hai, The session object will be removed (object no longer available) from the client and it will throw an exception if the client invokes any method after the remove method. (Internally life cycle of bean will be ended).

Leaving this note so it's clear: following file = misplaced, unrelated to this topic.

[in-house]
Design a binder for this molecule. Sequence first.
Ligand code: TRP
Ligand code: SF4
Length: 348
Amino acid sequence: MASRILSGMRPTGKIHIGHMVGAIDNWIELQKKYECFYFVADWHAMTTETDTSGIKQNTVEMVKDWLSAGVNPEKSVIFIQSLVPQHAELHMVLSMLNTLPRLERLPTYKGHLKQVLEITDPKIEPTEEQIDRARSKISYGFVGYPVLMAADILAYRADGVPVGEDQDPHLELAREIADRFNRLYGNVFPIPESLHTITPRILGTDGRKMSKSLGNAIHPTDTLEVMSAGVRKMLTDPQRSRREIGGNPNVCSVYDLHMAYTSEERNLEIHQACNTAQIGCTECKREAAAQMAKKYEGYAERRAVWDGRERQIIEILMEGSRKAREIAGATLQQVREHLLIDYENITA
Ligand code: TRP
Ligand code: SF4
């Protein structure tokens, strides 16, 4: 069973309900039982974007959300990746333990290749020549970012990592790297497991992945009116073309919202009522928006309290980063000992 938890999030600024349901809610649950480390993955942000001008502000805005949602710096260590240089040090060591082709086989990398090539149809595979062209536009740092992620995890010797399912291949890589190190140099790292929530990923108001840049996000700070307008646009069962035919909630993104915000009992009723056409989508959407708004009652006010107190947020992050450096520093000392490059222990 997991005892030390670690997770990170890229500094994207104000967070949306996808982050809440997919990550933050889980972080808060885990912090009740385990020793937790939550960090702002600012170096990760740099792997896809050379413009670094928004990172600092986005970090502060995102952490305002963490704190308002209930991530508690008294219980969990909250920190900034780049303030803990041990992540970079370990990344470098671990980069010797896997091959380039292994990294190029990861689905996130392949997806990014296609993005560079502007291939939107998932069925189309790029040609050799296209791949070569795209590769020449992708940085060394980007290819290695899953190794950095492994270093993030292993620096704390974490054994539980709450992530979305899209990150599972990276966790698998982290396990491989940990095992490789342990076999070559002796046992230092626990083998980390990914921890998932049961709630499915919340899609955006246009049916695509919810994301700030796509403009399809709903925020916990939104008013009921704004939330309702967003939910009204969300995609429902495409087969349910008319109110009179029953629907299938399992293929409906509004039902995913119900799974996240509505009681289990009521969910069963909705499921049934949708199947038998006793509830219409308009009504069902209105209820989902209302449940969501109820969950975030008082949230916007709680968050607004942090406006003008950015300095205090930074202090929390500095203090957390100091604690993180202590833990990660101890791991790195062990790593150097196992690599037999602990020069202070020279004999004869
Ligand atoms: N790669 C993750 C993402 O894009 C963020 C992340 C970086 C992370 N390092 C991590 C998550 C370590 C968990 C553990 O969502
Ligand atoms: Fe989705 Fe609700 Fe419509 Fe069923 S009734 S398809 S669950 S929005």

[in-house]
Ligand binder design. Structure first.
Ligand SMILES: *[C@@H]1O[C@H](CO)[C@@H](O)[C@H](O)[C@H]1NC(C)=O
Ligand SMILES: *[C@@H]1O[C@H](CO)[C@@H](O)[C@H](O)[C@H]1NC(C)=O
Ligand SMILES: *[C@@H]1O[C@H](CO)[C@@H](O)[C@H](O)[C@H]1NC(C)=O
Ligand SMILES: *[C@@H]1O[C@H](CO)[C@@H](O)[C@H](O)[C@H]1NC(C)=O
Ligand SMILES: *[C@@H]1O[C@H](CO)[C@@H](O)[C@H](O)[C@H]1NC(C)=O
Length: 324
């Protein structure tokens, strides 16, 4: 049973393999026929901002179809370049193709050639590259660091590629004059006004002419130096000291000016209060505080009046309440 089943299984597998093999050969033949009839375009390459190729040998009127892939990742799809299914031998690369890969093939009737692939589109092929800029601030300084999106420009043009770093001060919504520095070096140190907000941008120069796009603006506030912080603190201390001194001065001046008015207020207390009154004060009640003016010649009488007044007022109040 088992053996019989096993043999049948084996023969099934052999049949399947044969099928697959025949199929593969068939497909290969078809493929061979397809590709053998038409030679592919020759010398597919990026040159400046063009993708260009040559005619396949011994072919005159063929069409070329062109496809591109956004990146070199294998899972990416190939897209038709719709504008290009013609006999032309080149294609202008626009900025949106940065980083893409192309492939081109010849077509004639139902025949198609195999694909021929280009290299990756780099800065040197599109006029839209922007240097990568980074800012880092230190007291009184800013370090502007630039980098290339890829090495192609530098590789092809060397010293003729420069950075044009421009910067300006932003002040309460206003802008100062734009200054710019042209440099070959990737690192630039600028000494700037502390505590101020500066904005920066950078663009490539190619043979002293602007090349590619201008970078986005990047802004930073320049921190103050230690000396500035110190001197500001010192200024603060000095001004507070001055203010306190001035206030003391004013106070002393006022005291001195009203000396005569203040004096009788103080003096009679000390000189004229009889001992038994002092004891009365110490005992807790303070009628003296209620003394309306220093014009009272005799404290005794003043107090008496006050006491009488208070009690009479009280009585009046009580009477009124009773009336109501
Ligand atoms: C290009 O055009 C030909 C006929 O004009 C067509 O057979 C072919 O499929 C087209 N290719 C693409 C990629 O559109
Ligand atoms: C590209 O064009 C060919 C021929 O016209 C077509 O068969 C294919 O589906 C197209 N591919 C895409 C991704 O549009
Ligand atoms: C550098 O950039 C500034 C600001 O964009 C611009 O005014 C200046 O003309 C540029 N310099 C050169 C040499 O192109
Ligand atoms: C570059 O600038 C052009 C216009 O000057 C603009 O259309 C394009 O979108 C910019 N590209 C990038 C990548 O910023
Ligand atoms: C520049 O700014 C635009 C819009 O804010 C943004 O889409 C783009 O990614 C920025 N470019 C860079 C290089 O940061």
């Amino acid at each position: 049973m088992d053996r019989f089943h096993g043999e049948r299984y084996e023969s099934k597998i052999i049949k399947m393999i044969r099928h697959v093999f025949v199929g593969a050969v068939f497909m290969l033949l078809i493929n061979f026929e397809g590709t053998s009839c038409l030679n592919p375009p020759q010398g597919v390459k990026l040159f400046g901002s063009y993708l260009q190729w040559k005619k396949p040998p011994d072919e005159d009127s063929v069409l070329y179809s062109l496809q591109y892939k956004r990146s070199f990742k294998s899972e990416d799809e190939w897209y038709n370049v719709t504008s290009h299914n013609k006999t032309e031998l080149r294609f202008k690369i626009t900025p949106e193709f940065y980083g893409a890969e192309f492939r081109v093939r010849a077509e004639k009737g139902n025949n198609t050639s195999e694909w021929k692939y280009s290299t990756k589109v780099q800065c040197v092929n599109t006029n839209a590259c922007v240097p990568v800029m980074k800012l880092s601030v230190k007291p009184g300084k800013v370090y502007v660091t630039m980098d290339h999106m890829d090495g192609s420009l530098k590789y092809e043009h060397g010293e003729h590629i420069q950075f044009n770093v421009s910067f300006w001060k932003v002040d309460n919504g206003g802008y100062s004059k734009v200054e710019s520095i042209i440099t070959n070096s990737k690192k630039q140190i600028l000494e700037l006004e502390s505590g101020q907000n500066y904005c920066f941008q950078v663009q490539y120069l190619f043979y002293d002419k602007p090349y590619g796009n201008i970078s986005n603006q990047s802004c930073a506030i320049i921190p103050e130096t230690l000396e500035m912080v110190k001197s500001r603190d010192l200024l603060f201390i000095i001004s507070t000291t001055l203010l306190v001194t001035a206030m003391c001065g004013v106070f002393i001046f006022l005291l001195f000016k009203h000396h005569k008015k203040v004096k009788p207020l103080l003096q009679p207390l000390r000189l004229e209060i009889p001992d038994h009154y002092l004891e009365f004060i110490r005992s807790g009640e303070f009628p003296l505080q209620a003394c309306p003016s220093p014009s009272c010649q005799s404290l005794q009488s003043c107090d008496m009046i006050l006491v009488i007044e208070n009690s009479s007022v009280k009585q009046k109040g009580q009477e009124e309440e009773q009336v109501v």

The actual instance may or may not be deleted from the pool for efficiency sake. To the user, it appears that it has been removed, but inside the server, it probably wouldn't make sense to destroy the instance and have to recreate an object. It probably would use the same instance and reinitialize. For instance, take a stateless session bean, I set some instance variables for example( bad programming ), I end my client program, I start up the client program again or any other client program, and I create an same type of stateless session bean as before, now the first thing I do is read the instance variable, its entirely possible to get the old value back. Now stateful session beans are slightly different, there data is passivated. When you remove the data is basically lost, but the actual instance or object is put back into the pool.